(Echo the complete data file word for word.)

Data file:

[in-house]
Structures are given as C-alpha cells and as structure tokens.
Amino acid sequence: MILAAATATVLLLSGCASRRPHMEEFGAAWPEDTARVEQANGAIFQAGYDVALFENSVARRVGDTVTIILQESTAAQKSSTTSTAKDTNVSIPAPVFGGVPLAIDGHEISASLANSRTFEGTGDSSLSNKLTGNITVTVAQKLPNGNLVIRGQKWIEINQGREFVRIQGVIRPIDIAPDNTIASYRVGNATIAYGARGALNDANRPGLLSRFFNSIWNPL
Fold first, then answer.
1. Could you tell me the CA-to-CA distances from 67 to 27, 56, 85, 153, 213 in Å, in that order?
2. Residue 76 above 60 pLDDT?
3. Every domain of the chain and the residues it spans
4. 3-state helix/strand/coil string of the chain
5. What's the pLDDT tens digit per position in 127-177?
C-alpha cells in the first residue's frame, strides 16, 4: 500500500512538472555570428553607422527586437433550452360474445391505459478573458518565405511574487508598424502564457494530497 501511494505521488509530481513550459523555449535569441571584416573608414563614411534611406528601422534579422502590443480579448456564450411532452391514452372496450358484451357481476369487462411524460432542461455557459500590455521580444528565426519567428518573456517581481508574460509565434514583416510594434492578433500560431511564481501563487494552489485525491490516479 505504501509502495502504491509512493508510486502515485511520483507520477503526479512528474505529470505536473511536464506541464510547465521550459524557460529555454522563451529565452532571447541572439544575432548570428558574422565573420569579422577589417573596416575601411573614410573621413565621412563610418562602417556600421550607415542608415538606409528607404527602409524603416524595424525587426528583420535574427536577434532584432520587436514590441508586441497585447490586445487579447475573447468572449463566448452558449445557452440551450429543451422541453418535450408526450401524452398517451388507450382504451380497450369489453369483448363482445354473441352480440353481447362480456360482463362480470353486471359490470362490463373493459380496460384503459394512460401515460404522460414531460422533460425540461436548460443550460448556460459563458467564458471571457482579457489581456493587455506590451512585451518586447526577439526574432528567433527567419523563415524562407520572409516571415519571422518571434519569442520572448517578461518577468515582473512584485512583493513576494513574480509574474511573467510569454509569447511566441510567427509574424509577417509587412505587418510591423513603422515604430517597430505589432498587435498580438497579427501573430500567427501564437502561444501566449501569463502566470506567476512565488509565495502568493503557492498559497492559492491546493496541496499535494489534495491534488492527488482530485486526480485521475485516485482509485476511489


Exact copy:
[in-house]
Structures are given as C-alpha cells and as structure tokens.
Amino acid sequence: MILAAATATVLLLSGCASRRPHMEEFGAAWPEDTARVEQANGAIFQAGYDVALFENSVARRVGDTVTIILQESTAAQKSSTTSTAKDTNVSIPAPVFGGVPLAIDGHEISASLANSRTFEGTGDSSLSNKLTGNITVTVAQKLPNGNLVIRGQKWIEINQGREFVRIQGVIRPIDIAPDNTIASYRVGNATIAYGARGALNDANRPGLLSRFFNSIWNPL
Fold first, then answer.
1. Could you tell me the CA-to-CA distances from 67 to 27, 56, 85, 153, 213 in Å, in that order?
2. Residue 76 above 60 pLDDT?
3. Every domain of the chain and the residues it spans
4. 3-state helix/strand/coil string of the chain
5. What's the pLDDT tens digit per position in 127-177?
C-alpha cells in the first residue's frame, strides 16, 4: 500500500512538472555570428553607422527586437433550452360474445391505459478573458518565405511574487508598424502564457494530497 501511494505521488509530481513550459523555449535569441571584416573608414563614411534611406528601422534579422502590443480579448456564450411532452391514452372496450358484451357481476369487462411524460432542461455557459500590455521580444528565426519567428518573456517581481508574460509565434514583416510594434492578433500560431511564481501563487494552489485525491490516479 505504501509502495502504491509512493508510486502515485511520483507520477503526479512528474505529470505536473511536464506541464510547465521550459524557460529555454522563451529565452532571447541572439544575432548570428558574422565573420569579422577589417573596416575601411573614410573621413565621412563610418562602417556600421550607415542608415538606409528607404527602409524603416524595424525587426528583420535574427536577434532584432520587436514590441508586441497585447490586445487579447475573447468572449463566448452558449445557452440551450429543451422541453418535450408526450401524452398517451388507450382504451380497450369489453369483448363482445354473441352480440353481447362480456360482463362480470353486471359490470362490463373493459380496460384503459394512460401515460404522460414531460422533460425540461436548460443550460448556460459563458467564458471571457482579457489581456493587455506590451512585451518586447526577439526574432528567433527567419523563415524562407520572409516571415519571422518571434519569442520572448517578461518577468515582473512584485512583493513576494513574480509574474511573467510569454509569447511566441510567427509574424509577417509587412505587418510591423513603422515604430517597430505589432498587435498580438497579427501573430500567427501564437502561444501566449501569463502566470506567476512565488509565495502568493503557492498559497492559492491546493496541496499535494489534495491534488492527488482530485486526480485521475485516485482509485476511489